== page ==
There are a wide range of cooperative activities between Indigenous groups, government and industry extending from World Heritage Areas like the Great Barrier Reef, the rainforests of the Daintree, to parts of the country where Aboriginal people are the only presence.

Consequently, I believe that in the spirit of reconciliation, we should choose another day and date for Australia Day and I nominate Wattle Day on the first day of September for that purpose. I also advocate that we amend the Australian Constitution to acknowledge Australia’s Indigenous Peoples as First Peoples of Australia.

We should commit ourselves to a reconciled and renascent Australia by becoming a republic. A republic fits the theme of reconciliation and renascence, and so does wattle. Wattles are pioneer plants that are the first to rise from the ashes of bushfires. September 1 is national Wattle Day and the national floral emblem is acacia pyenantha - Golden Wattle.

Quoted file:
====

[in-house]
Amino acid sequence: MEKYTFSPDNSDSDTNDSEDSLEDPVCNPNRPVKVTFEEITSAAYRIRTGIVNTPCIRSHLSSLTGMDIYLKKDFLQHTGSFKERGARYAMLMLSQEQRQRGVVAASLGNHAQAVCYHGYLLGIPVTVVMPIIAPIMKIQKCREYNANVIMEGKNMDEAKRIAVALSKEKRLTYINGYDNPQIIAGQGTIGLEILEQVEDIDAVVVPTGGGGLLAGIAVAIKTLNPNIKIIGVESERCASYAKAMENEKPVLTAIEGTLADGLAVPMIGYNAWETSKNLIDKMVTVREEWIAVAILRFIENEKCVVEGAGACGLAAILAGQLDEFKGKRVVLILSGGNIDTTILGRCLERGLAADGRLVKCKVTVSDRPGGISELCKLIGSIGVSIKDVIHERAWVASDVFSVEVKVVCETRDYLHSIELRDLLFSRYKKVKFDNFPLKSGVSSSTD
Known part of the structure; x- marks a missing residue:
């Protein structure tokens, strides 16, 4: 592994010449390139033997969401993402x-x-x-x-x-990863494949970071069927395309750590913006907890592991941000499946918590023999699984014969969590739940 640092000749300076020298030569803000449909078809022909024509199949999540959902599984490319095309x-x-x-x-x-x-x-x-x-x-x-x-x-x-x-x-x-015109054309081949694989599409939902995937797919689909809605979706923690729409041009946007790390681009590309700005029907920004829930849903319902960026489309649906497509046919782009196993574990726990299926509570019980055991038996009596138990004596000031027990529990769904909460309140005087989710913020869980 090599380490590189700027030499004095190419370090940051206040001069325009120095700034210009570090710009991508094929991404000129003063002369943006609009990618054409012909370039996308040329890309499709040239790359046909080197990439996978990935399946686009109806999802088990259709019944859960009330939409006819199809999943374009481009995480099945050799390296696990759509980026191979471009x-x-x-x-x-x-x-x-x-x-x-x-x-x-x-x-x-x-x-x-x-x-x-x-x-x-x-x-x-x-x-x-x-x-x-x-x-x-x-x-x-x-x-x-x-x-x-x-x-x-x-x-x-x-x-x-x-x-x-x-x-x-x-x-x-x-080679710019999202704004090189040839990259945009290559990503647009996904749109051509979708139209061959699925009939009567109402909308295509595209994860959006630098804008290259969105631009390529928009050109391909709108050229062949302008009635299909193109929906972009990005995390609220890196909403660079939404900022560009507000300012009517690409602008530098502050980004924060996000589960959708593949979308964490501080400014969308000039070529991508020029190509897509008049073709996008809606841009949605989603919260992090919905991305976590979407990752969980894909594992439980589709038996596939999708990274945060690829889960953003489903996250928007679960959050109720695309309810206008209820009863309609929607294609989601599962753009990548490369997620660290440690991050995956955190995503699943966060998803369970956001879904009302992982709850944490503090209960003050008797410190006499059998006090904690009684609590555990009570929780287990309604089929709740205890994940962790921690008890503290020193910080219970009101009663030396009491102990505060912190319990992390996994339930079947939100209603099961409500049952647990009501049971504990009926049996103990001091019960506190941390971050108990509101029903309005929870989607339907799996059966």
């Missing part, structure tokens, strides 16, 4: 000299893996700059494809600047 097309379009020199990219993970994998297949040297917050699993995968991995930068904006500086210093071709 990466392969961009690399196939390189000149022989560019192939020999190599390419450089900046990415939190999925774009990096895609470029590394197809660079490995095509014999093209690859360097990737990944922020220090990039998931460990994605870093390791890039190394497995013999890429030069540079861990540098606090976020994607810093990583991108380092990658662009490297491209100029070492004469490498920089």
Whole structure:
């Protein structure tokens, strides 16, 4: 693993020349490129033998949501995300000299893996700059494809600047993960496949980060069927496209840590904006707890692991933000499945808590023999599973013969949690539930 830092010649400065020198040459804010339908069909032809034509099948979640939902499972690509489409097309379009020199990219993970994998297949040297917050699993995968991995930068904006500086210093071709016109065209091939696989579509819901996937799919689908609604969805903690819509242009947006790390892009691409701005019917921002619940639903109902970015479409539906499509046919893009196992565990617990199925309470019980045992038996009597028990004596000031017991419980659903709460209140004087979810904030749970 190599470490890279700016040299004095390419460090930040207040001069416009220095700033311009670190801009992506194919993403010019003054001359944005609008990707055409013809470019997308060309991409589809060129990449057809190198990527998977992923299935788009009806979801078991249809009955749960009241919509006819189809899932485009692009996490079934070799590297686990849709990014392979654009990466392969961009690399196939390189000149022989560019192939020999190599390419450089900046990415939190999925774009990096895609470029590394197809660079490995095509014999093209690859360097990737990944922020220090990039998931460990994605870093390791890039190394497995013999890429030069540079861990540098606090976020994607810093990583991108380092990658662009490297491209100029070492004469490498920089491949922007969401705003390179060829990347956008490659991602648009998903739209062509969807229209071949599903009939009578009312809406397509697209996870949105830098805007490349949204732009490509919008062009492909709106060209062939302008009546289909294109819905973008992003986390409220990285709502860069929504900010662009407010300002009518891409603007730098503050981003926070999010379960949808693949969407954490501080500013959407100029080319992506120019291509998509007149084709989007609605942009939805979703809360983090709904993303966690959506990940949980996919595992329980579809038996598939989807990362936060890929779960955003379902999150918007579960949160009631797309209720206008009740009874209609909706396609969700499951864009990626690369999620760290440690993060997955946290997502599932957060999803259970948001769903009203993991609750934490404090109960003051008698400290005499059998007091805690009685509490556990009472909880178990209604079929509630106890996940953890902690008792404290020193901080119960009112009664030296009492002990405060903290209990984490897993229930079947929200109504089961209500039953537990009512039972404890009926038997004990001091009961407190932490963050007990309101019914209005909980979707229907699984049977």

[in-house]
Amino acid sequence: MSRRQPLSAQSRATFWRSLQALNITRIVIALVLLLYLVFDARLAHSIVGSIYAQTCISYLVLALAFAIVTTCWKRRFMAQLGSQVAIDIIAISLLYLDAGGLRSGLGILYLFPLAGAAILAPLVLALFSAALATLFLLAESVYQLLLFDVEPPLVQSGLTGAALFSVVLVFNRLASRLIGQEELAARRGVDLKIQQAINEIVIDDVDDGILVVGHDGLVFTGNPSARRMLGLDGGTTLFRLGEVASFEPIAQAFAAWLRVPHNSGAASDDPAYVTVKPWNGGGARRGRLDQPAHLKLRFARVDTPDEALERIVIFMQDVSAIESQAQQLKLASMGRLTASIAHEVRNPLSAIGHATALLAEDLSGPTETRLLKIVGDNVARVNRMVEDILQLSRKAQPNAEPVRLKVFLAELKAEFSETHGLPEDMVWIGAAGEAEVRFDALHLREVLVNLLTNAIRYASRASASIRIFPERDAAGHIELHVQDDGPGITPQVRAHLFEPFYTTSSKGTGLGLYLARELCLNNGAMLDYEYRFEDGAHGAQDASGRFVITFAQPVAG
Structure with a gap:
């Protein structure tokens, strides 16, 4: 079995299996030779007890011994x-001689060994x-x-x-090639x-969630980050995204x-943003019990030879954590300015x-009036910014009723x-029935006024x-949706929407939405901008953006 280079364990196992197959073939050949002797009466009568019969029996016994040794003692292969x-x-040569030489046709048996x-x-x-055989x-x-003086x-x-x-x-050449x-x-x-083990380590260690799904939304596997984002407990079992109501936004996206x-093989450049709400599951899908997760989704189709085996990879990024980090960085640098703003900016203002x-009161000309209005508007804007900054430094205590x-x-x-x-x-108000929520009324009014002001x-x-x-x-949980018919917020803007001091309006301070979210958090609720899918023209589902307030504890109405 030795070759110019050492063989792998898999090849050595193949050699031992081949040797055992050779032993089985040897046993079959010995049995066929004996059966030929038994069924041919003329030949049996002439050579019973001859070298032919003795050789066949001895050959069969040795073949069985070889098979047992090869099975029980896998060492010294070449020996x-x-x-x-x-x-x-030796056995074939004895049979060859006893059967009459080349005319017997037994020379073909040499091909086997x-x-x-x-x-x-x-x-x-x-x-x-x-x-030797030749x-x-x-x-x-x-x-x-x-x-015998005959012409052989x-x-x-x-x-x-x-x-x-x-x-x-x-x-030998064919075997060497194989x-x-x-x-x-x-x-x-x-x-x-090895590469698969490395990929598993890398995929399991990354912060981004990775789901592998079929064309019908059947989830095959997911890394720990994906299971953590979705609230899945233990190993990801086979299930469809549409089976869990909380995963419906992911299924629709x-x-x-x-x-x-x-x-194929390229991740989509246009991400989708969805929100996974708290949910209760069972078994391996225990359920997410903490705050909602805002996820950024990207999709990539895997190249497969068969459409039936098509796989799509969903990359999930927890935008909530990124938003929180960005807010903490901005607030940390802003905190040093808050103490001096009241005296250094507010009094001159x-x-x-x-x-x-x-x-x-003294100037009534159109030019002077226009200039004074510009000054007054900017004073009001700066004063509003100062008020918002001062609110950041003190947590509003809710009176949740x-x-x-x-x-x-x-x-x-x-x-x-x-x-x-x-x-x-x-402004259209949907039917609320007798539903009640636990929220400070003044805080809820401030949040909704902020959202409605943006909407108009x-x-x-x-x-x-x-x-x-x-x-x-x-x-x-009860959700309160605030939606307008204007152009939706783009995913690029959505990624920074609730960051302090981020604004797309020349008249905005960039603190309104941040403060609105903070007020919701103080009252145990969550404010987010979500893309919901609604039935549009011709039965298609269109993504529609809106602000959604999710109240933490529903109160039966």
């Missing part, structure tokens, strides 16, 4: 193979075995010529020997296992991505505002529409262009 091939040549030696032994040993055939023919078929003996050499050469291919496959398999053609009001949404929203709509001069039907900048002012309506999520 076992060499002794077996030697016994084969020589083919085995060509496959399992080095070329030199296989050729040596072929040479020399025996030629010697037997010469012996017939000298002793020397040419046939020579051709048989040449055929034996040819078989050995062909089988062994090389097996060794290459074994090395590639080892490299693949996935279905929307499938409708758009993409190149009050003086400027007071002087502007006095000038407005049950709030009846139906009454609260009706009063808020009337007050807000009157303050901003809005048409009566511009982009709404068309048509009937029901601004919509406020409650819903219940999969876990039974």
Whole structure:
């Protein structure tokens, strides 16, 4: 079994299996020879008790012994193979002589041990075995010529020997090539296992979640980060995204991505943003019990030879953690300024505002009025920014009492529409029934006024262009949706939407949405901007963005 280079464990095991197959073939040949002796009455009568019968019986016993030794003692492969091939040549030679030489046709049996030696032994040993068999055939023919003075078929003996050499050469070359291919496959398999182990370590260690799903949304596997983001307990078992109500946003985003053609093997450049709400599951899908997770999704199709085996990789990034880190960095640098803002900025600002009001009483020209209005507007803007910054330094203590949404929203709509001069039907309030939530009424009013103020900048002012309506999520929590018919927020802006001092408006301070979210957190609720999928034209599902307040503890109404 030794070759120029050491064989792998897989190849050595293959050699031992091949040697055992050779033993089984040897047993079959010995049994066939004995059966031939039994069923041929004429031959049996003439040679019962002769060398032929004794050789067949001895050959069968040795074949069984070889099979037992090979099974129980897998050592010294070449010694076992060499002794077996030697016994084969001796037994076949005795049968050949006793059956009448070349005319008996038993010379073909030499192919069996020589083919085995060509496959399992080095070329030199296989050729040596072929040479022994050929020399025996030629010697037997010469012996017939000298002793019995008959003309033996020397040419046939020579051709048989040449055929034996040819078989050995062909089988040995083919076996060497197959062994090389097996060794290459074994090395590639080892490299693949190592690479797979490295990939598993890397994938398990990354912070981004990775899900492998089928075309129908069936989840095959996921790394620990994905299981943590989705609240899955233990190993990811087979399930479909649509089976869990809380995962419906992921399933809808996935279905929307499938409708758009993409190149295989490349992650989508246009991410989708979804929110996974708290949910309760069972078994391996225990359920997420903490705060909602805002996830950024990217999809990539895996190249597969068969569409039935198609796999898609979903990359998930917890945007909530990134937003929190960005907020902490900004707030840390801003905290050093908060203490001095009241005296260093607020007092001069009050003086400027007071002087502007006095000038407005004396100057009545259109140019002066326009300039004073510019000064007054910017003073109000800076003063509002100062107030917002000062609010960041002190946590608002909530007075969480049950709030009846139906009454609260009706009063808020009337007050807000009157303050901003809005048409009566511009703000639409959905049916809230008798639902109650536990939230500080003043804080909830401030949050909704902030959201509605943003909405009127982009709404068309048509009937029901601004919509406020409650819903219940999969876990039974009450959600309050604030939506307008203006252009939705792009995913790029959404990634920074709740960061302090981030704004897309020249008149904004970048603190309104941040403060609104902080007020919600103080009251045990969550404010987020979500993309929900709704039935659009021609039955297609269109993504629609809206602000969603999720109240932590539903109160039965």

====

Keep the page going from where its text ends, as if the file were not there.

I believe wattle as a symbol implies that non-Indigenous Australians have undergone a process of becoming naturalised to this continent and the next steps on our journey are reconciliation and a republic. So, when we come to consider a foundation day other than January 26th, Wattle Day is a great fit.

Australia does not need a British monarch—we are an independent nation and it is fitting that we articulate our place in the world where we live. Australia is a nation in the southern hemisphere where September 1 is the first day of spring. This fits the theme of renascence down under.